Lockington's Everyday Fiji ... Life Goes On

Costume "Fusion"

The contraversial 'owl' costume
In every festival where there are performances by contestants or entertainers, we usually see them portraying their culture. Whether it is European, iTaukei, Fijian of Indian origin, Polynesian, Melanesian, Micronesian or other ethnicities, the performance is usually be based on culture. The reason for this is we human beings celebrate our heritage, our ethnicity and culture. During the Hibiscus festival we see all sorts of dances – we see the meke, the bhangara, the hula to the tamure and the dancers are usually dressed in the traditional costumes. Sometimes it’s a grass skirt, and we also see the iTaukei attire of masi and other attire of where the dance or meke originated from.

Lots of time, thought and practice is put in. And if the meke belongs to a certain vanua, a traditional ceremony of request is presented to the owners. If accepted, the owners would even have one of their people attend the practice to make sure it is done properly. From dance moves to attire everything is performed to expectations.

Today we have what we call fusion. It’s the joining together of two or more cultural dances and attire.  We often see iTaukei meke being performed to contemporary English songs or Hindi music. And likewise we often see traditional Hindi dances performed to iTaukei chants. As time goes by, producers of song and dance have come up with many fantastic fusions that have made us sit up and clap with approval. And there have been times we sat back and frowned. And there were times we have cringed in horror and wondered what the dancers were doing and who thought of the fusion of two or three cultural songs and dance moves. And we say collectively, “Oh my god, who came up with that?”

It has always been the tradition in Fiji for the approval of traditional mekes and costumes to be sought from the owners or the vanua. Blessings come with the approval and we are always delighted with the result. If the person requesting the owners that he or she would like to add a little, the owner may approve of it and accept it – and a modern dance and song is invented.

In all walks of life we celebrate our rich culture and as time has gone by we no longer see the traditional seasea, fan and spear dance, we no longer see the derua (bamboo) being used.  We are losing a lot to mordernisation. It’s a fact of life.

Then we have the recent “issue” of the Miss World Fiji and the owl costume. Many of us have gasped in horror and wondered where and what part of Fiji did this originate from. It has been said, and it should always be, that if a representation to a world event is to be performed where the name of our country is going to be used, traditional request and representation must be sought.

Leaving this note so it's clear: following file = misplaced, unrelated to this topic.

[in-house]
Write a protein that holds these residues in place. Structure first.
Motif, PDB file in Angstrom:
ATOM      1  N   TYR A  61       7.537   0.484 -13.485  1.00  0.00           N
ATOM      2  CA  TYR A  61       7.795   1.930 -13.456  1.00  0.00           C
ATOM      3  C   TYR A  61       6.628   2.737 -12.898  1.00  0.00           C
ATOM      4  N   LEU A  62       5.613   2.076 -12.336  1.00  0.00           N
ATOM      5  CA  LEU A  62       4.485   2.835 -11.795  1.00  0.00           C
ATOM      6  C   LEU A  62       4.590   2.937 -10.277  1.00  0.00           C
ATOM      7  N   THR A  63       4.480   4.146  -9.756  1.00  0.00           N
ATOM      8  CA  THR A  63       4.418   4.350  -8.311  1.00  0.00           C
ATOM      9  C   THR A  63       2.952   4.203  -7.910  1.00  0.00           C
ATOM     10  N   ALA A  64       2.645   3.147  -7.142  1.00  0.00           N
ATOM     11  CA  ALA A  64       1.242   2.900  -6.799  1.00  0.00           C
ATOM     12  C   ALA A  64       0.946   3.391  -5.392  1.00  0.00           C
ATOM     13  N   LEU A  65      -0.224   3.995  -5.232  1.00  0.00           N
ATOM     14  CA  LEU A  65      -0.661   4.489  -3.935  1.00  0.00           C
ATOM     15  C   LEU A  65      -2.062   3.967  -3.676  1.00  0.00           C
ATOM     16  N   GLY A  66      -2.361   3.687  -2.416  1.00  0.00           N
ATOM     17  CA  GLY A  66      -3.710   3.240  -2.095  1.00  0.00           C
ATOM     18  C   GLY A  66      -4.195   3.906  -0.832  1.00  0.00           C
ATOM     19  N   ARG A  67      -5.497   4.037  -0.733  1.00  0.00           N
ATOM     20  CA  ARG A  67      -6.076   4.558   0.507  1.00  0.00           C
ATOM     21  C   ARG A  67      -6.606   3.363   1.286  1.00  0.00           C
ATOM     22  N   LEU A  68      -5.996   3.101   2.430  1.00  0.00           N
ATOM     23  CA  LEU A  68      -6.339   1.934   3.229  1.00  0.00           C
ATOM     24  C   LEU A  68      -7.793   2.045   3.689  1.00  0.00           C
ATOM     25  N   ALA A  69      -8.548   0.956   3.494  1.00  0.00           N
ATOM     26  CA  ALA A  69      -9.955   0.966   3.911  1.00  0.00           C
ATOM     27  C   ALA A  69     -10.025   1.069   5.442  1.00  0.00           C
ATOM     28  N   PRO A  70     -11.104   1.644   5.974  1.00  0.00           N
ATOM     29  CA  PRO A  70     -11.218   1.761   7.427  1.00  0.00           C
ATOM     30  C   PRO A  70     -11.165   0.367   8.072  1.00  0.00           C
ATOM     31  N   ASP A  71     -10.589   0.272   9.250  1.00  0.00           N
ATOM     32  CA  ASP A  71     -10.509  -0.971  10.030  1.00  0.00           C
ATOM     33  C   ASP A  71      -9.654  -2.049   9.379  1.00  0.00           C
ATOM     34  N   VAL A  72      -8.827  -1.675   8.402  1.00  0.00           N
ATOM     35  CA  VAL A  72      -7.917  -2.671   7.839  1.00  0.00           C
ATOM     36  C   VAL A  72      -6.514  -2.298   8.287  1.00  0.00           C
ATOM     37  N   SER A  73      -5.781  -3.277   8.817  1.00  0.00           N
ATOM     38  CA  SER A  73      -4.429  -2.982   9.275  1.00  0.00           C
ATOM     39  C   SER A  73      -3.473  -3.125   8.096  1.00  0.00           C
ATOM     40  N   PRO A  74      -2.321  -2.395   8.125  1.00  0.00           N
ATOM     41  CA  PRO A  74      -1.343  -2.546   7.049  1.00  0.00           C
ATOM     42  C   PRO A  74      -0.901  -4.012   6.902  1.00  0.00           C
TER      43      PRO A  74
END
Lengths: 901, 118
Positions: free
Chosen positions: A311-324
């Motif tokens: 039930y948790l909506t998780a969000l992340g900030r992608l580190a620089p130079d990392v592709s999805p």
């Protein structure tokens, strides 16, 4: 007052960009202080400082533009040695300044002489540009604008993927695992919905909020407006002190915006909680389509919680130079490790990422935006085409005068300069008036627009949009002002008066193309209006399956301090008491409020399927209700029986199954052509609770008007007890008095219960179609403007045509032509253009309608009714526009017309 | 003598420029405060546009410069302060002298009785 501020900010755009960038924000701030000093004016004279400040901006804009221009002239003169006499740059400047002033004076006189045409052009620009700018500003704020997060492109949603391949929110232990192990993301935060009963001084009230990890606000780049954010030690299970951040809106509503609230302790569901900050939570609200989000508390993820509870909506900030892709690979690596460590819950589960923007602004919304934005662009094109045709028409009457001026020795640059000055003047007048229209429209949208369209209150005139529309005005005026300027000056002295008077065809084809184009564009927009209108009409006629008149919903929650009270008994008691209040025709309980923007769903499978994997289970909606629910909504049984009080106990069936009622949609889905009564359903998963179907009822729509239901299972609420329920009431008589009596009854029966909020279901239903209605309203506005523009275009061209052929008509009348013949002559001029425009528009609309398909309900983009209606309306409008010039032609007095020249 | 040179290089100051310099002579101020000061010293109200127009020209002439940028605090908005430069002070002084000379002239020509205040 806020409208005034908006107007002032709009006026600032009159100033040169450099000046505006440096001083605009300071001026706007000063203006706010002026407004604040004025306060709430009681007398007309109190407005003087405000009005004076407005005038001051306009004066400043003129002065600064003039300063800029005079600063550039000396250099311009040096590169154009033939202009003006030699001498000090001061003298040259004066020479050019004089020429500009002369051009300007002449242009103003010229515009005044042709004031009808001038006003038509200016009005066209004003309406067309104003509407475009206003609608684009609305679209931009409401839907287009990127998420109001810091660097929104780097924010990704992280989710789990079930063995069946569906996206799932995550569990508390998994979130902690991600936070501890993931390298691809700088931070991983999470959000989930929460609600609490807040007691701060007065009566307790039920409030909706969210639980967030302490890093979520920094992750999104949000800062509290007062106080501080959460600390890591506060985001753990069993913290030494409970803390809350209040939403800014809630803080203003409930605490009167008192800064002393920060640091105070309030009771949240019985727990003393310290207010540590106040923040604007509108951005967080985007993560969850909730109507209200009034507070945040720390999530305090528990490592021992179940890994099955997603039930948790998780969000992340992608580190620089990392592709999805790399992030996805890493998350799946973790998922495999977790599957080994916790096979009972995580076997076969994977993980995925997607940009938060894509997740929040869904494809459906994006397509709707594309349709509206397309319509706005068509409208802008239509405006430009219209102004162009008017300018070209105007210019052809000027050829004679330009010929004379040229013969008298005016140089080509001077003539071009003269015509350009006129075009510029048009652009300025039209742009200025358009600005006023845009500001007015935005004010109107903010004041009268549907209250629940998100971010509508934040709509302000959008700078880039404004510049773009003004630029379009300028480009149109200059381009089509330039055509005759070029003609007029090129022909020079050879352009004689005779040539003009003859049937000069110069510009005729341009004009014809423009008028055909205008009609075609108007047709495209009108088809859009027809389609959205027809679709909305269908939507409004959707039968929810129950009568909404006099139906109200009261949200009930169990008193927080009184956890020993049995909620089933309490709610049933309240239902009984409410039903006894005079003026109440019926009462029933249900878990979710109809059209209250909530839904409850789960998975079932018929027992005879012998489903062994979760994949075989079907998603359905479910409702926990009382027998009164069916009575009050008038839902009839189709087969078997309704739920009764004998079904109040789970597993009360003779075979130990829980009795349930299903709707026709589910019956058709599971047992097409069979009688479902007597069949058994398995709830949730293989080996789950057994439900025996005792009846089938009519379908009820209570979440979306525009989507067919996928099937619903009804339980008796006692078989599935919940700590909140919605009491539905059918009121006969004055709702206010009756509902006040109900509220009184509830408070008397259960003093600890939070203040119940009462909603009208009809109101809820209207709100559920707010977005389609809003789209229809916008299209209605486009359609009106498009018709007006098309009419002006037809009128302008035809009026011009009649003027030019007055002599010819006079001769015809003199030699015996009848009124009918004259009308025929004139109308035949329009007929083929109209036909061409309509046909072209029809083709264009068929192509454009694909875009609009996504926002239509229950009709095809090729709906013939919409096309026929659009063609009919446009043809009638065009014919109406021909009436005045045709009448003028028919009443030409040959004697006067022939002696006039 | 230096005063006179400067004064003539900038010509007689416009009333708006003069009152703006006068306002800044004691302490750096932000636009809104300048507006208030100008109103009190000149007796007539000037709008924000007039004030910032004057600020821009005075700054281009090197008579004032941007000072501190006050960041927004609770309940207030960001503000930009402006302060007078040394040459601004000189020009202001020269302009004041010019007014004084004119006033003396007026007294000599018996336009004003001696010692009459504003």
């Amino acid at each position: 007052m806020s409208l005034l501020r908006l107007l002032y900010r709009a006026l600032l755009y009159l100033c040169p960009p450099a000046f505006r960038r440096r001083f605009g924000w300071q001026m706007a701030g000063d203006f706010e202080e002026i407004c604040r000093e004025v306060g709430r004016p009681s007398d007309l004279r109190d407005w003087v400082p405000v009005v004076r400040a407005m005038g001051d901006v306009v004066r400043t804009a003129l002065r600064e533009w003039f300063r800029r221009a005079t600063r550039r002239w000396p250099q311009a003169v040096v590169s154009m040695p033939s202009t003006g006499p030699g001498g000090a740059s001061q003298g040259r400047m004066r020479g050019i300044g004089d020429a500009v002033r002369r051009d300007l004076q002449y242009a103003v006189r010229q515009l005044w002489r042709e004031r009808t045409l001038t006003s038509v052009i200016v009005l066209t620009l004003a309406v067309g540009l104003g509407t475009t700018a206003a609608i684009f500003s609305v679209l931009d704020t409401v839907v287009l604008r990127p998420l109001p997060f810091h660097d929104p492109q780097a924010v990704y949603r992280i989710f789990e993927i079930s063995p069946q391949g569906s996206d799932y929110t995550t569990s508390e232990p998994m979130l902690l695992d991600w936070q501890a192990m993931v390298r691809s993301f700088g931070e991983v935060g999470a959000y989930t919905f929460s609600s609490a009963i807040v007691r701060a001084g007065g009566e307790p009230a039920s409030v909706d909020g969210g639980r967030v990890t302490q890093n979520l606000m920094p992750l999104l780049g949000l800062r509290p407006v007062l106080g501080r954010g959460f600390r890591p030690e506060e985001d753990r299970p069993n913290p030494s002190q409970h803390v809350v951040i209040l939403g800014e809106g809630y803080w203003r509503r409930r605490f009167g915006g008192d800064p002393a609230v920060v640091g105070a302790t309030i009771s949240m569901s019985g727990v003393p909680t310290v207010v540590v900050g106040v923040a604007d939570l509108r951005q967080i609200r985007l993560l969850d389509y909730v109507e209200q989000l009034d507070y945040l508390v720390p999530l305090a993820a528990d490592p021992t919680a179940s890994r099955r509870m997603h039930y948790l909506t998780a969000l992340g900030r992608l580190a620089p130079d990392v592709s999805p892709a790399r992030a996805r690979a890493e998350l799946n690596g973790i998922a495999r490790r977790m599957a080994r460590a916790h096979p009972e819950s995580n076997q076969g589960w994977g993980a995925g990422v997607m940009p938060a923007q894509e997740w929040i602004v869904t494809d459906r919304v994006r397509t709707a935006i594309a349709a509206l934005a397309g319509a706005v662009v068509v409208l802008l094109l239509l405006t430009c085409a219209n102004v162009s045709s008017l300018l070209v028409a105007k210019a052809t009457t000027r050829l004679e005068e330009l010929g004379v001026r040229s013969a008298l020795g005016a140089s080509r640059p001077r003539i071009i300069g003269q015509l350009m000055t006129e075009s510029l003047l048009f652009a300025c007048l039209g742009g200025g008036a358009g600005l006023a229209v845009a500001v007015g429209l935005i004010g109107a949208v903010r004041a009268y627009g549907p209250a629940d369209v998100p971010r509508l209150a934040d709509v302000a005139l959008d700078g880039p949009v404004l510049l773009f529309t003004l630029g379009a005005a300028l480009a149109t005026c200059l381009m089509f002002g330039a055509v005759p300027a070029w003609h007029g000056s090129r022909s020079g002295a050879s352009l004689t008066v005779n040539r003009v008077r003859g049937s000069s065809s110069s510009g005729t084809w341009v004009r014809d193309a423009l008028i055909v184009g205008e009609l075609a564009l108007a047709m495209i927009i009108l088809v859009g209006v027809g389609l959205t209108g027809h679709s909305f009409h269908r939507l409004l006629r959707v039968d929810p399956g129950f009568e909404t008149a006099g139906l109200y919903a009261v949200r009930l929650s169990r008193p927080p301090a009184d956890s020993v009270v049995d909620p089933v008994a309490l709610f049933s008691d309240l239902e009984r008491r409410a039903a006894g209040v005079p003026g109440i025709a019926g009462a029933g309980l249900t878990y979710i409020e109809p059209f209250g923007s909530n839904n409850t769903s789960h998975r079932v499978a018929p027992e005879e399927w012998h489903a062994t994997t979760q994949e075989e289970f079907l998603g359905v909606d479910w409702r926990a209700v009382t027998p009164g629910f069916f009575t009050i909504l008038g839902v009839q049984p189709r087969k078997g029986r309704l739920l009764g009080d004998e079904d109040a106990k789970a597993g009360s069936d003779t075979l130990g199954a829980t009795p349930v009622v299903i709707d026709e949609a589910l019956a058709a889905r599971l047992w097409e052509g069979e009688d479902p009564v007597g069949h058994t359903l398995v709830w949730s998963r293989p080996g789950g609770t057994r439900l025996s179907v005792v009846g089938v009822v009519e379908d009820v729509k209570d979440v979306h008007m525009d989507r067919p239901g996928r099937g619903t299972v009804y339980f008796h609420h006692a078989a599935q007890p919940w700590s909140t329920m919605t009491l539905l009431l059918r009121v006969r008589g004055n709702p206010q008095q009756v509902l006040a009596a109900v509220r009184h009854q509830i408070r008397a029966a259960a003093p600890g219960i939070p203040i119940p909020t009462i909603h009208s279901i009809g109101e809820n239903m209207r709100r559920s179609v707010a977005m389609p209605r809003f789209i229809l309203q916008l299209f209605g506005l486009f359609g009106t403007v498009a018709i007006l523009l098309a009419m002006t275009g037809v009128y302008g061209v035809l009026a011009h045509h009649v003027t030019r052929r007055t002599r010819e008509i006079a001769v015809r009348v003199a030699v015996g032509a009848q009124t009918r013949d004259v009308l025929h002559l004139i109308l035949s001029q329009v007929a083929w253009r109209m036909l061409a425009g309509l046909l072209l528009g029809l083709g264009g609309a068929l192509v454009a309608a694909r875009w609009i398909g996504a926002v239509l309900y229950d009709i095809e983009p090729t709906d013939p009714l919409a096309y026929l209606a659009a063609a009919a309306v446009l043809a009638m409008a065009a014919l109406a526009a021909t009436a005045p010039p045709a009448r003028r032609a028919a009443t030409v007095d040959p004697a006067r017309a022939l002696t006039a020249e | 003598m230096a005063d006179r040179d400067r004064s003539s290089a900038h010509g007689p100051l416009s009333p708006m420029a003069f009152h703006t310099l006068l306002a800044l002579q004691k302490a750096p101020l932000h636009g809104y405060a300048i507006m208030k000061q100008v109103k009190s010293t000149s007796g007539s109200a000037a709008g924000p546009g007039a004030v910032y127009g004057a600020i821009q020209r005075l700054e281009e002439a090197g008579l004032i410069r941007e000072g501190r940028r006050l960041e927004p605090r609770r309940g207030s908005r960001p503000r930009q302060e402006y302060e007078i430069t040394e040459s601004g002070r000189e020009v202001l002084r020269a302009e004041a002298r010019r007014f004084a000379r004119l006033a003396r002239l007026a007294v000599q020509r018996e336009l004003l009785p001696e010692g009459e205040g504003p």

There have been mixed feelings about the owl costume, with the producer/director defending himself, saying that Fiji has no traditional costume. Is he true? And he explained that the owl is a symbol of wisdom. I wonder what would have happened if the costume was to have been presented to the people of Fiji before they left, would we have given our approval. And to whom would the isevu have been presented. With my vivid mind I can just imagine the frowns that would have appeared on the faces of traditional heads of the iTaukei people not to mention the rest of us.

As for the Miss World Fiji pageant, who does it belong to, is it a private organization with no say from anyone in Fiji. Why are there no iTaukei involved in it?

Anyway, it seems we are now trying to piece the jigsaw puzzle together and some pieces don’t fit. I have a feeling Torika Watters could be thanking her lucky stars it wasn’t her wearing that costume. But what about Ms. Vakaloloma, was she coerced into wearing the costume, did she approve of it? I’m sure she will return to explain things and we all hope someone other than Mr. Blake does.

The owl is certainly associated with the wise and that’s why a group of them are called a parliament of owls. But I digress, if we were to refer to our parliament of the past, the owls would disagree, because they were referred to as clowns.

Anyway, we have learnt a lesson the very hard way and I hope the Miss World organizers did agree that the costume was the best and that’s why Koini was first on.

Allen Lockington is a self-employed customs agent and business consultant who has regular articles published in Fiji. I thank Allen for permission to reprint some of them in this political blog. They remind us that life goes on, whatever the political situation. And it's good to know that.


Anonymous said…
Thanks for your blogs, it certainly looks very professional and well organized. I am surprised to see on television that the director/producer claims that the costume was shown to the people of Fiji before they left to compete in miss world.

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